When Western central bankers rubbish gold as a "barbarous relic" or, as in the case of Ben Bernanke shortly before he started his job at The Brookings Institution left office in January, admit to a complete lack of understanding of it, does it not strike you as strange that, having accumulated significant stockpiles of gold over the years, they aren't in a hurry to swap any of it for paper money (well, with the notable exception perhaps of the United Kingdom, thanks to the antics of Gordon Brown, King of the Idiot Chancellors)?

It shouldn't.

Gold is held by Western central banks for exactly the same reason individuals ought to hold it: protection.

Central banks are accumulating gold because it cannot go BANG! like fiat currencies do.

Individuals should be doing the same — not being sidetracked by the distractions.

It's not about price. The story Jared shared with us demonstrates that beyond any doubt.

If you own gold, it will do all the heavy lifting for you when the time comes


    



via Zero Hedge http://ift.tt/1cBleLN Tyler Durden

Ukraine Government Votes To Remove President; Calls Early Elections After "Coup D'Etat"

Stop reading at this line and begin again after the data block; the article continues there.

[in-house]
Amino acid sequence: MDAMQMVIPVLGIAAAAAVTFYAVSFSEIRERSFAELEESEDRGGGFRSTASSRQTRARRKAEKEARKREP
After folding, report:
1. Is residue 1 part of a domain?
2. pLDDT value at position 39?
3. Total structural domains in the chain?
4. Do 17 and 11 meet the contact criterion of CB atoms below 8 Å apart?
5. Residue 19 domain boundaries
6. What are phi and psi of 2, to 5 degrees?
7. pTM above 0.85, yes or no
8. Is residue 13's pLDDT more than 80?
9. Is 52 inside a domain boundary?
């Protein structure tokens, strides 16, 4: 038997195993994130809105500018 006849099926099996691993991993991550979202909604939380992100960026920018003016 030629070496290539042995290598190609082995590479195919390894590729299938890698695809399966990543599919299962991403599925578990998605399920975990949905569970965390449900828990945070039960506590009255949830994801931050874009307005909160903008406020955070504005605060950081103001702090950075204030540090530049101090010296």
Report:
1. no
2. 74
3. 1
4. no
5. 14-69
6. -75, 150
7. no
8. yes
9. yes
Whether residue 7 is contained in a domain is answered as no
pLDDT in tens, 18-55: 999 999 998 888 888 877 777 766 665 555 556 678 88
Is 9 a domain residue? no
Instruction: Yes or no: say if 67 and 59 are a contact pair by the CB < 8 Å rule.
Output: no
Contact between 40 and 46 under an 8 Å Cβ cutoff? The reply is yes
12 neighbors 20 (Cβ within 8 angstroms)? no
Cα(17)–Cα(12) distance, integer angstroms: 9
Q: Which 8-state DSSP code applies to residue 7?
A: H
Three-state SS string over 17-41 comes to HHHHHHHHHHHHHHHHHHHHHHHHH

In the minds of so many western journalists, yesterday’s “deal” to reform the constitution, hold new elections in 10 months or so, and generally all ‘just get along’ was a victory but this morning it is clear that very little has changed.

  • *YANUKOVYCH SAYS HE WON’T LEAVE UKRAINE OR RESIGN: INTERFAX

Late last night Ukraine time, President Yanukovych (and some of his key advisers) fled Kiev (amid so-called threats) and headed to the eastern part of the country. Then following rumors he would resign, he stated in a TV address that he would not and that pro-EU forces had staged a “coup d’etat”. This has left a troubled nation with just as divided a future as protesters have taken back control of Kiev.

Russia is not happy; blaming extremists for threatening order.

  • *RUSSIA URGES GERMANY, POLAND FRANCE TO INFLUENCE UKRAINE OPPOS.
  • *RUSSIA SAYS UKRAINE OPPOSITION FAILED TO FULFILL OBLIGATIONS